Oscillating between complex formations and sparse arrangements, saxophonist Charles Evans and pianist Neil Shah display a symbiotic relationship that veers into the domains of the enigmatic, the abstract and the harmonically obscure on their latest recording Live At St. Stephen’s, recorded on January 23, 2009 at Saint Stephen’s Episcopal Church in Wilkes-Barres, Pennsylvania. Bewitchingly eerie, the album layers lush bop-flamed saxophone wails dotted by disoriented piano keys moving subliminally along the base. The pairing manifests into an avant fare of braided notes and dark melodic sequences. The instruments resonate with a human voice that grieves in solitude and openly reflects about human frailties and the intrinsic need for consoling. Evans and Shah reach out to audiences with their music, sonically illustrating a place where the psyche takes over and directs the emotive surges in the saxophone and piano.
Logs of slow, churning saxophone wails are reefed by rattling piano keys in “On Tone Yet” depicting a subdued spirit, while the sonic jungle of “Junie” is landscaped in gorges of angular piano drips and a laggard ambling in the saxophone hoots which changes their patterns during the transitional phrases from the first part of the movement called “The Father” to the second phase called “The Friend.” The syrupy drool of the saxophone notes along “Mono Monk” echoes with a moaning that grieves inwardly, but then morphs into a romantic voicing through “An Die Fliegenden Fische.” Shah’s keys linger in the background making slits along Evans’ woozy saxophone notes which ferry a sleepy serenity across the rolling troughs and peaks of “Mother And Others.” Easing out of the sleepy trance, Evans infuses a strong will in “What Worked, What Didn’t, What Wouldn’t, What Would’ve” as he sustains his notes over several bars.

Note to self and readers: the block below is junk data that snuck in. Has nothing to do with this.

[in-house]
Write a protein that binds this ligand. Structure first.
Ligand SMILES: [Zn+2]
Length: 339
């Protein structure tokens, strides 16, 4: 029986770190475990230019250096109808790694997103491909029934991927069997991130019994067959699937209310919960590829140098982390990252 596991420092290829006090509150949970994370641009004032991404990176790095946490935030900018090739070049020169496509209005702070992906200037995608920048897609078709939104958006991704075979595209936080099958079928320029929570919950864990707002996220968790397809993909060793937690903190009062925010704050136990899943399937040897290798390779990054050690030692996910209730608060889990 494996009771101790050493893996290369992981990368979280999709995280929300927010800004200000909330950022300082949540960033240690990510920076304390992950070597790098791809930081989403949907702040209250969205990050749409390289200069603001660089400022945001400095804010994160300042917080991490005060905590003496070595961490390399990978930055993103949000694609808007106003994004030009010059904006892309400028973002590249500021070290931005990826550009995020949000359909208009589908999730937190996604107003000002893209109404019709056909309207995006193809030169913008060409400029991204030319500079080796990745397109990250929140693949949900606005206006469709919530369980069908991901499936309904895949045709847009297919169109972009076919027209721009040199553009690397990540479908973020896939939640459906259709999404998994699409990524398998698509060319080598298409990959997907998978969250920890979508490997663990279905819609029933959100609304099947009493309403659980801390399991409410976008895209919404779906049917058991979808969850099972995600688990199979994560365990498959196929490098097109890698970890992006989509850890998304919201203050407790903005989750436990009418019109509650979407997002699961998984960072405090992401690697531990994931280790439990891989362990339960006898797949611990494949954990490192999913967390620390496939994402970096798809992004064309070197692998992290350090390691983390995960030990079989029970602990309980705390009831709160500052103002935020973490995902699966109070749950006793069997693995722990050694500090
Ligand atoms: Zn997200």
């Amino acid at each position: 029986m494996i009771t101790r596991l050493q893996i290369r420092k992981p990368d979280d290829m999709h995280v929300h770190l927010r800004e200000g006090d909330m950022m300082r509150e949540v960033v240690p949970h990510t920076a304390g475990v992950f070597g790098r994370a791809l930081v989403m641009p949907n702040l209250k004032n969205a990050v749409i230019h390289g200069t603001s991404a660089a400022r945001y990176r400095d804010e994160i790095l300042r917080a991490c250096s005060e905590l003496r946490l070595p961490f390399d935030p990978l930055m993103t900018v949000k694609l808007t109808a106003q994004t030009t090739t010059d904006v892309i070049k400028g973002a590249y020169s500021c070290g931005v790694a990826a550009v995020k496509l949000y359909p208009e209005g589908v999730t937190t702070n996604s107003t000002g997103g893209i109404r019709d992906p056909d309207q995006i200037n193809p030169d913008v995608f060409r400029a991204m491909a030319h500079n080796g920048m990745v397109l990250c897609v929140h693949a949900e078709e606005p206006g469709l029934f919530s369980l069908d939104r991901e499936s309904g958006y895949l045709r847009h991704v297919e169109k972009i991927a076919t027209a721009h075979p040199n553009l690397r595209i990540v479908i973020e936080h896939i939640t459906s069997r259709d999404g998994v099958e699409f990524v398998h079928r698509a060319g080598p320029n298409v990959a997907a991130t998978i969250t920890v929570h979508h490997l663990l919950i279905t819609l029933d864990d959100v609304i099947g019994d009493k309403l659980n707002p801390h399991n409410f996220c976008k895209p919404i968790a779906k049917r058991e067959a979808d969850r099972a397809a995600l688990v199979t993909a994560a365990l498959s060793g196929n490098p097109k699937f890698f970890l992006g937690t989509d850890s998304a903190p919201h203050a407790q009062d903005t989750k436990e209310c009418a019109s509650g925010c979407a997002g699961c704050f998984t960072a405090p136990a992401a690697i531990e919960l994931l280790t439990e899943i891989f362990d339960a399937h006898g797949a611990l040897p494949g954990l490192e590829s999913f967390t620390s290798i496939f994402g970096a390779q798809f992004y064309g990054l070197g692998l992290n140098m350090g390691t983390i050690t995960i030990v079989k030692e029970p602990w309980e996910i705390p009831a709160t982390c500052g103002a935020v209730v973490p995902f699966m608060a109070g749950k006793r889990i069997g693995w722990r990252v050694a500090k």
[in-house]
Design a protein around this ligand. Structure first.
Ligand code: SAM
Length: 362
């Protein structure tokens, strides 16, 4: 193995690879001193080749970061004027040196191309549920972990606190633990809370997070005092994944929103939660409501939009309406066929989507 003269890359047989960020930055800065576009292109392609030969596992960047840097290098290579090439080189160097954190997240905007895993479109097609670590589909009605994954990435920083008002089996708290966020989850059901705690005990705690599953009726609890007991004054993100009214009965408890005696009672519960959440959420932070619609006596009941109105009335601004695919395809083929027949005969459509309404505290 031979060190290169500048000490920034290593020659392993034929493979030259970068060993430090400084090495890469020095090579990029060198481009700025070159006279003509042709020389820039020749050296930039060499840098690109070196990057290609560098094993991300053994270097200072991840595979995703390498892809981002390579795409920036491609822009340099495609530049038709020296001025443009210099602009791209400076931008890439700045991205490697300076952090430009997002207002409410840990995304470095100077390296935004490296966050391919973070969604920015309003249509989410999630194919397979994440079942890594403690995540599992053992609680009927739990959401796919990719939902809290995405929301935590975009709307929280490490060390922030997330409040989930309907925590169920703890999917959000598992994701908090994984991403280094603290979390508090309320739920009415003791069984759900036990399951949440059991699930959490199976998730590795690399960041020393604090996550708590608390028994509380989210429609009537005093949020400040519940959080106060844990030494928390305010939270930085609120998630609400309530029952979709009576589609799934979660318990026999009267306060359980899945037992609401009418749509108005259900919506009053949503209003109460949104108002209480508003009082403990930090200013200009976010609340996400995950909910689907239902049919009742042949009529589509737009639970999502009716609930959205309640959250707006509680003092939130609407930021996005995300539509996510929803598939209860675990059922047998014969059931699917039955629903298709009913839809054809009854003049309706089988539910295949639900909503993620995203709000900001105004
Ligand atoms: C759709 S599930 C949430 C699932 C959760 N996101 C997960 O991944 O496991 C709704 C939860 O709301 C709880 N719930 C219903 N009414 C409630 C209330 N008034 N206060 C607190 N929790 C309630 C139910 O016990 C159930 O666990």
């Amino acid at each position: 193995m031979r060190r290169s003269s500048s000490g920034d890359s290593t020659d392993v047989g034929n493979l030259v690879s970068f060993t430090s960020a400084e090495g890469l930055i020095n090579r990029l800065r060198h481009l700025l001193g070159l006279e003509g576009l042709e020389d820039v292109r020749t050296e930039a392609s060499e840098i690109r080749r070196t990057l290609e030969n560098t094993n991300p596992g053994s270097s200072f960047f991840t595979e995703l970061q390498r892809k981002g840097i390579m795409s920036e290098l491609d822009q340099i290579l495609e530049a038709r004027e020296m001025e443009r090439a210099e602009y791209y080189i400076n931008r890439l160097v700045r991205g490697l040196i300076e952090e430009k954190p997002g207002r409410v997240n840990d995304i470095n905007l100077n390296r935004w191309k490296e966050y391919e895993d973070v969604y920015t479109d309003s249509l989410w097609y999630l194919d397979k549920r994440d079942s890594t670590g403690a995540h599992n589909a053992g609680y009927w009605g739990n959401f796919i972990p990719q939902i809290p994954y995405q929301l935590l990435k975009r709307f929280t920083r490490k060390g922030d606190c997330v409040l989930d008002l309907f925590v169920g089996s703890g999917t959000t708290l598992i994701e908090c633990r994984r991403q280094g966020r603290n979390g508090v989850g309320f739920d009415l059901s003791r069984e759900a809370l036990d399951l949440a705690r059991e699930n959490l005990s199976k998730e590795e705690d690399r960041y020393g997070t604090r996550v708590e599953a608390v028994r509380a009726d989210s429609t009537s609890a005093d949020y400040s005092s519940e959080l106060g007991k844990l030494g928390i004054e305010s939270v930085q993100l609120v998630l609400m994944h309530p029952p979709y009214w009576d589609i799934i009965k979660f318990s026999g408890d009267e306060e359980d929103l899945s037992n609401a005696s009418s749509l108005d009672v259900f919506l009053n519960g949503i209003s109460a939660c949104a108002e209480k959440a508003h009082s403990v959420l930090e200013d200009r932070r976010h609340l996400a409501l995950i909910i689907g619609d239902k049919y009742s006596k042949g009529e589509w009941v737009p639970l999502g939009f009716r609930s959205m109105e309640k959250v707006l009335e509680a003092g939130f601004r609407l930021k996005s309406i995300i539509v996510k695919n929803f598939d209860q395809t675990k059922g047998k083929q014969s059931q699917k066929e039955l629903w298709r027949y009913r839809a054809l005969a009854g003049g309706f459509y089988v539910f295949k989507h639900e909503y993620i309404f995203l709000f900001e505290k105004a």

Evans and Shah’s ruminations are introspective and possess an avant-bent that delves into experimental pairings complimented by periods of abyss for subterranean inflections along the chord progressions. Their compositions have an off-kilter axis which manages to keep the saxophone standing upright and in the center. The pair trusses modern poly-chordal harmonies with classic bop and freestyle improvisation to make an album that demonstrates contemporary components drizzled with undertones of classic noir jazz. Live At St. Stephen’s from Hot Cup Records links the domains of the bizarre with the aesthetics of traditional jazz and kneads them to make an extraordinary creation.
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